Fr Ibrahim: Christmas in Aleppo, from the trauma of war to hope and solidarity
People are worried about economic instability, corruption and “hidden but active” religious fundamentalism. The reactivation of water and electrical supplies and Islamic-Christian reconciliation are a source of faith in the future. The Church has helped 400 orphaned Muslim children. Torn apart by war, two siblings and their family have a story to tell.
Aleppo (AsiaNews) – Fr Ibrahim Alsabagh, 44, is a Franciscan, and the guardian and pastor of the Latin parish of Aleppo. He released a long letter of good wishes to the city’s Christian community, which he also sent to AsiaNews.
In it, he talks about a Christmas of light and shadows, of joy for the return of "electricity and water" during most of the day, but also of hardships caused by "economic instability" and "hidden but active" religious fundamentalism.
The current situation “is improving little by little,” the clergyman writes, but "there are still so many open wounds in the hearts" and minds of "traumatised" people, women, children and seniors who still suffer, day and night, from injuries to the body from bullets and bombs, and to the mind, from traumas and constant fear that have “endured for years".
Corruption and economic instability are the main topic of conversation, with the value of the dollar "falling very low, suddenly", leaving "people perplexed".
This should have helped people by boosting the Syrian lira and the local purchasing power; instead, businesses "increased prices" to get a higher return on their recent investments. Ordinary people “lost out.” Sadly, the priest notes, “The poor will always pay for this situation of instability".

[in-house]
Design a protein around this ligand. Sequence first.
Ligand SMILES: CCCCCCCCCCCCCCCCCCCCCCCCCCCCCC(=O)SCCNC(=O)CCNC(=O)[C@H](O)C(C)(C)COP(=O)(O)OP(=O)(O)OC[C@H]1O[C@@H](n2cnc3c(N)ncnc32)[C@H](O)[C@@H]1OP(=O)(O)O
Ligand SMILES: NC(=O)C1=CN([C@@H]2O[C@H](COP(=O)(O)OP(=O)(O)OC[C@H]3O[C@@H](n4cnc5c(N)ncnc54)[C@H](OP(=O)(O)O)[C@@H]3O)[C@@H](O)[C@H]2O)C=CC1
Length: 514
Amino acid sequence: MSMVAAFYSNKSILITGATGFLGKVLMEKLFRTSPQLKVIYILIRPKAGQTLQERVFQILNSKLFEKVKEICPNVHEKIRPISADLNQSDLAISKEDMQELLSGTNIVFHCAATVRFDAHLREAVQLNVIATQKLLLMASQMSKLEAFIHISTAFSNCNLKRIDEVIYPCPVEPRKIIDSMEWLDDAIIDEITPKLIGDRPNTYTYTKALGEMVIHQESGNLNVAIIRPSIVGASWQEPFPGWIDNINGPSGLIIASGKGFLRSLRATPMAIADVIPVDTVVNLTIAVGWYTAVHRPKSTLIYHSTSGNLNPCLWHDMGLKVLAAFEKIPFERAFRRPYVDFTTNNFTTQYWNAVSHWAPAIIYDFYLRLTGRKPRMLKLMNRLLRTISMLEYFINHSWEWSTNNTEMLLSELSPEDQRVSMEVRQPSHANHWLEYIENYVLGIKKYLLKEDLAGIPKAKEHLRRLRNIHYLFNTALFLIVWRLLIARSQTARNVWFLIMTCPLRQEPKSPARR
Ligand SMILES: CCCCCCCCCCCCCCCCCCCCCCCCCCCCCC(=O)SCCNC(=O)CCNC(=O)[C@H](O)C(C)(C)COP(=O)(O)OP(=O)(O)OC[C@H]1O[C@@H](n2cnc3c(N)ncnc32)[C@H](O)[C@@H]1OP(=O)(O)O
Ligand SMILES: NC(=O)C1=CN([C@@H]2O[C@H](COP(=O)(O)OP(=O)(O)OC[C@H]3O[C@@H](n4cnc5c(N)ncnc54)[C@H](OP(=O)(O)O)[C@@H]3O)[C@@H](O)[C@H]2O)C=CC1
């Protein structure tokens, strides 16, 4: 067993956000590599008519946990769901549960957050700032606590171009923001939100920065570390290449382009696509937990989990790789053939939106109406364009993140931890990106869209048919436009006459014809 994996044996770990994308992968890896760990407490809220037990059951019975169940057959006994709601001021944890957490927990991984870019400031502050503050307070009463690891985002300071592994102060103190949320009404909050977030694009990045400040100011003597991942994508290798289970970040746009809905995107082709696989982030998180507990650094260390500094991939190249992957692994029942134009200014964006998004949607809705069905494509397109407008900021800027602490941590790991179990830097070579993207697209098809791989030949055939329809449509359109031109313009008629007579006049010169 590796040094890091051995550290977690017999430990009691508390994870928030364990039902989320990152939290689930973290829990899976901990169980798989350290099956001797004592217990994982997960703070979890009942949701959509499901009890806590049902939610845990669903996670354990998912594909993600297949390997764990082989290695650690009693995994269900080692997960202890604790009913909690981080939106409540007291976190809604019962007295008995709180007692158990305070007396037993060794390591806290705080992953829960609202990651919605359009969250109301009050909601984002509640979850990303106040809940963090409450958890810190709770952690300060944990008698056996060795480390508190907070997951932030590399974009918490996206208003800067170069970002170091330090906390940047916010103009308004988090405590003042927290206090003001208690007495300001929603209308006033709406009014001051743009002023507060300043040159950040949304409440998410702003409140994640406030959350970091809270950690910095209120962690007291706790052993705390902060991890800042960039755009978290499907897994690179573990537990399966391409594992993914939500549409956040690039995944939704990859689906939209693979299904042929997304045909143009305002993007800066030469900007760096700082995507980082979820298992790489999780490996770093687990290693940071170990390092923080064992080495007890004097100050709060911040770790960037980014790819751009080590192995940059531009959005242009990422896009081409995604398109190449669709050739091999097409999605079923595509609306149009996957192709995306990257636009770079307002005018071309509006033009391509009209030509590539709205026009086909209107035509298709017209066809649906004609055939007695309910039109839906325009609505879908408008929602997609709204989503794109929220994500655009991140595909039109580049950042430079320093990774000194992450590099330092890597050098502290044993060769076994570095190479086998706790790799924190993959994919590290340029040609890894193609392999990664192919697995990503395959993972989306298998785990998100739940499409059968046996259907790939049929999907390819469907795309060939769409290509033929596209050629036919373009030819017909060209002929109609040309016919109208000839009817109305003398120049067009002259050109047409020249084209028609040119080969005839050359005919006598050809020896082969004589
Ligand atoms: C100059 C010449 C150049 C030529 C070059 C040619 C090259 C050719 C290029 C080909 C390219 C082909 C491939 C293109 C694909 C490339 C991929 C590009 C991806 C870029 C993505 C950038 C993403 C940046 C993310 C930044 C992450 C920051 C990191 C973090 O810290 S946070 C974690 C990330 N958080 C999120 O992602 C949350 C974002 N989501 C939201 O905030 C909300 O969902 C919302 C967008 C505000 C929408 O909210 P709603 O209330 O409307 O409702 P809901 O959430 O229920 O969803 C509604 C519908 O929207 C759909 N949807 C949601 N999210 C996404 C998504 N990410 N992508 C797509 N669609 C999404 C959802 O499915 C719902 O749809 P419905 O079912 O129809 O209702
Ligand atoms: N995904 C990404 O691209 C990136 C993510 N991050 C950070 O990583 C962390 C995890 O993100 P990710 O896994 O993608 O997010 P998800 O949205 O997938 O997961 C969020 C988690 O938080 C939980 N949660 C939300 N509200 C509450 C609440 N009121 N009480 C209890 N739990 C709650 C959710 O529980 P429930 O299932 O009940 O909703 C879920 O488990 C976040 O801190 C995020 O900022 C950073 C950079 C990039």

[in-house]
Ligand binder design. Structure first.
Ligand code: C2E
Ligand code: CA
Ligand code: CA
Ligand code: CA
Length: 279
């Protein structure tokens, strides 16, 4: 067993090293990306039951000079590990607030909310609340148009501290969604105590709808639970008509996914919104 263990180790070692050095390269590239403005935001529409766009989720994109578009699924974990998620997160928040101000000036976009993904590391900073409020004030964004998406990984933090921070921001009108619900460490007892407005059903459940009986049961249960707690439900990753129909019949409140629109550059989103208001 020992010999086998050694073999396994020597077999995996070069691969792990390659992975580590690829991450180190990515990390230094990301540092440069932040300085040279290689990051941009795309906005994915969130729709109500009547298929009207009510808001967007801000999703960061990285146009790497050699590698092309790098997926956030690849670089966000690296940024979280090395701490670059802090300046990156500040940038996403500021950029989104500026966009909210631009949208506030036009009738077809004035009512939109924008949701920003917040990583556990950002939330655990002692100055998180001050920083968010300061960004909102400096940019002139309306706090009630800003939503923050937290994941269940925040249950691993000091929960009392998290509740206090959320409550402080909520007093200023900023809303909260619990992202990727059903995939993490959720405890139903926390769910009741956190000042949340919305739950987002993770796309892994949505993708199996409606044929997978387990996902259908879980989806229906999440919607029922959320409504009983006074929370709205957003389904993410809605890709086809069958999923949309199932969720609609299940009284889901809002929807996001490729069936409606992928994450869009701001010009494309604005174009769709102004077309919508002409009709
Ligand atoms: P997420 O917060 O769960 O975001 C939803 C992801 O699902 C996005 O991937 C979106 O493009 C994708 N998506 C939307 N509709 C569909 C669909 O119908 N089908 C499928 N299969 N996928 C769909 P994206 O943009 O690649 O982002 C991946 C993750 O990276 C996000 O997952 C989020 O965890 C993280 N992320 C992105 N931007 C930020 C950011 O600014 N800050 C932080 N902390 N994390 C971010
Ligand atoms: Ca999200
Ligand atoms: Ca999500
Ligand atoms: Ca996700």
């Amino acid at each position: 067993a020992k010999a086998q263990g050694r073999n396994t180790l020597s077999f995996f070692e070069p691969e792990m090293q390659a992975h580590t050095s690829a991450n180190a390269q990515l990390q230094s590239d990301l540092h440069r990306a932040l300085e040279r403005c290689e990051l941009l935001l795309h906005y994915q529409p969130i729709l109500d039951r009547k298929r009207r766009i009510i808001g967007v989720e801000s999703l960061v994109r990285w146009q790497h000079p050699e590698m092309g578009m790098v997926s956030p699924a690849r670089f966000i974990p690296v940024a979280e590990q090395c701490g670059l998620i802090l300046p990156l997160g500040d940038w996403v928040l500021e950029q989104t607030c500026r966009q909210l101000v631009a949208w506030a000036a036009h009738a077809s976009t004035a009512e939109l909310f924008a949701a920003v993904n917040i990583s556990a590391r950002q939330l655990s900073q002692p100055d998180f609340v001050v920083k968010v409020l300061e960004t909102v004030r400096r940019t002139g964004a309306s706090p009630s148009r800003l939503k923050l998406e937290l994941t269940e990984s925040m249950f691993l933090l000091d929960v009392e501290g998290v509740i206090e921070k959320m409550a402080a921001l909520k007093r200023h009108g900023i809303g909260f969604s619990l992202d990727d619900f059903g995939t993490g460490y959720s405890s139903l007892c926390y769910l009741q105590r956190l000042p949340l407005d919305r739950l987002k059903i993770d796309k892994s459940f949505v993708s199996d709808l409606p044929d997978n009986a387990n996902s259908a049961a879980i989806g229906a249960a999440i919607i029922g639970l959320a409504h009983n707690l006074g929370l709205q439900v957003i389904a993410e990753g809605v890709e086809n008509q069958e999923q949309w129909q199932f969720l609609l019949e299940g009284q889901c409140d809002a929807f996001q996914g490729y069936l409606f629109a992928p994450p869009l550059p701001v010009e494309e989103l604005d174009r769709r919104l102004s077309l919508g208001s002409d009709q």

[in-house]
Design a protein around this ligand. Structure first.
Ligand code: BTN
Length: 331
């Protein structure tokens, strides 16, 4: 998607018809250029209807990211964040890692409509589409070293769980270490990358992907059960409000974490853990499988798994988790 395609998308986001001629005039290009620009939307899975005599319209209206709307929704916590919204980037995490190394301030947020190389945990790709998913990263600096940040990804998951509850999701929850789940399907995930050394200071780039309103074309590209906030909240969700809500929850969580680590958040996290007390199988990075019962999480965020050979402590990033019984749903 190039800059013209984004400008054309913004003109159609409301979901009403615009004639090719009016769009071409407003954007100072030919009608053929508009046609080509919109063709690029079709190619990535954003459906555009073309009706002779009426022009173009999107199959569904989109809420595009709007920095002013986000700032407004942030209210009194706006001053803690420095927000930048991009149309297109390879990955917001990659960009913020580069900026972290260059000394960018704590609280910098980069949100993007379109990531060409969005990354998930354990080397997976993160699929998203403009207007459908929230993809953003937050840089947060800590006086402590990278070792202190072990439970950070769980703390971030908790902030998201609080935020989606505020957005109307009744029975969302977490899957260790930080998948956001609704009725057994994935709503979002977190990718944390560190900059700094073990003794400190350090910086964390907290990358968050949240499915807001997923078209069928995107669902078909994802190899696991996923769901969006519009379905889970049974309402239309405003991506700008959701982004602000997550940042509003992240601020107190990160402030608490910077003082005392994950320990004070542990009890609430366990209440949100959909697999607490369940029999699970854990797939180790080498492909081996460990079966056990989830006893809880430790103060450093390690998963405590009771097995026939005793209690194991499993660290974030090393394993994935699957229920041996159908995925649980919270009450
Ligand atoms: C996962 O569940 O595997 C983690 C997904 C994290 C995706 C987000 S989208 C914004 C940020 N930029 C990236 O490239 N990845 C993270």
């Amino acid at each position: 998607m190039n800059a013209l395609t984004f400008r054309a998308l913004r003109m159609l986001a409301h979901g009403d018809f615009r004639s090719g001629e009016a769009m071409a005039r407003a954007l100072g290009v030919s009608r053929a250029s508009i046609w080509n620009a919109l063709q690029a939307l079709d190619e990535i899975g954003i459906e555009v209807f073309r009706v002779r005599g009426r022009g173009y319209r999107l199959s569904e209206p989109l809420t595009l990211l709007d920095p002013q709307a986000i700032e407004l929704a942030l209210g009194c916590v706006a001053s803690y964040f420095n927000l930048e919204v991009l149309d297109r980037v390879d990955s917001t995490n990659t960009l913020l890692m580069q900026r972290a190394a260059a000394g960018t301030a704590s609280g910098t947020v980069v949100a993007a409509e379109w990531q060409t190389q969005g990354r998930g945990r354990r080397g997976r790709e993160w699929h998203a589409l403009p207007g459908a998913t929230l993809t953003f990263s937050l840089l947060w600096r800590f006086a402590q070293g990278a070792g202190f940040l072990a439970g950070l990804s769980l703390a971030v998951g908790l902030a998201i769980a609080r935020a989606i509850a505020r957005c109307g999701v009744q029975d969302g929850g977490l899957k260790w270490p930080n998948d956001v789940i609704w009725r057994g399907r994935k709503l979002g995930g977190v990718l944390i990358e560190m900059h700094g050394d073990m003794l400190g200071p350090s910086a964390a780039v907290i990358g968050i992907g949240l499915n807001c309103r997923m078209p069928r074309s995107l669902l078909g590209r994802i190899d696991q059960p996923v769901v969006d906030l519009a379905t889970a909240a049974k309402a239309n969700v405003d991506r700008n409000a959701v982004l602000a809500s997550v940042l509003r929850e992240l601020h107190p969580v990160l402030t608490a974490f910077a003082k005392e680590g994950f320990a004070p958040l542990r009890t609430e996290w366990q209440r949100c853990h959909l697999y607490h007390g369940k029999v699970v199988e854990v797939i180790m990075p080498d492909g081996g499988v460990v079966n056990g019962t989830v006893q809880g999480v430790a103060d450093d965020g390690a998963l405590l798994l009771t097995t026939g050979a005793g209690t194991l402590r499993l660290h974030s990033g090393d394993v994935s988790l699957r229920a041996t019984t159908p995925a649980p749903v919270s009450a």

"Public sector wages have increased, but not public servants’ purchasing power,” Fr Ibrahim explains. “Thus, with the decline of the dollar and the euro, foreign donations lost value. Today we can help fewer people and families, compared to what we could do until a few days ago."
Fundamentalism is another sore point left by the war, even though it was already present in Aleppo “before this crisis,” says the clergyman.
"This fundamentalism covered up so much rejection, so much contempt and even so much hatred, an attitude generated by ignorance, but also by the lack of charity and respect for others.”
“This war has succeeded in dividing people and social life that much more. It [fundamentalism] does not show itself by launching rockets, but by continuing to work underground.”
Faced with such a drift towards extremism, the Christian minority has not opted for an attitude of closure, has not taken up arms, and has always remained "a bridge of reconciliation" in society.
"The Church in Aleppo is proof of this, whatever its rites, as evinced by the many charities and institutions that help our Muslim brothers as much as our Christian children" starting with the Open Hospitals initiative.
Another example is the project by the Latin parish to adopt 400 Muslim children of families forced from the suburbs into the city centre.
"We are talking about toddlers, from birth to two years. We help them each month, with milk and diapers. We also plan to adopt 200 Muslim children with birth defects: we help financially their families each month to provide for their needs."
The Church’s action also meets the needs of Christian families and young people, who represent the future of the country’s communities. The story of two siblings, a boy and a girl, can best illustrate this.
The girl saw “a rocket blow up her mother into pieces on the balcony of her home. After the incident, she couldn’t go home, and they had to rent another house. For the past while, the family has been getting a food parcel from us; the parish is also paying her medical bills. They have been helped to pay part of the rent.”
“The boy was also helped to pay for the first year rent on a store and got some money to buy what he needed to start his activity.”
“They came to me, and they told me that they were grateful for what the Church had done for them, both in terms of material as well as spiritual support. They felt she [the Church] was like a mother to them at this time of Advent, which brings us closer to Christmas." (DS)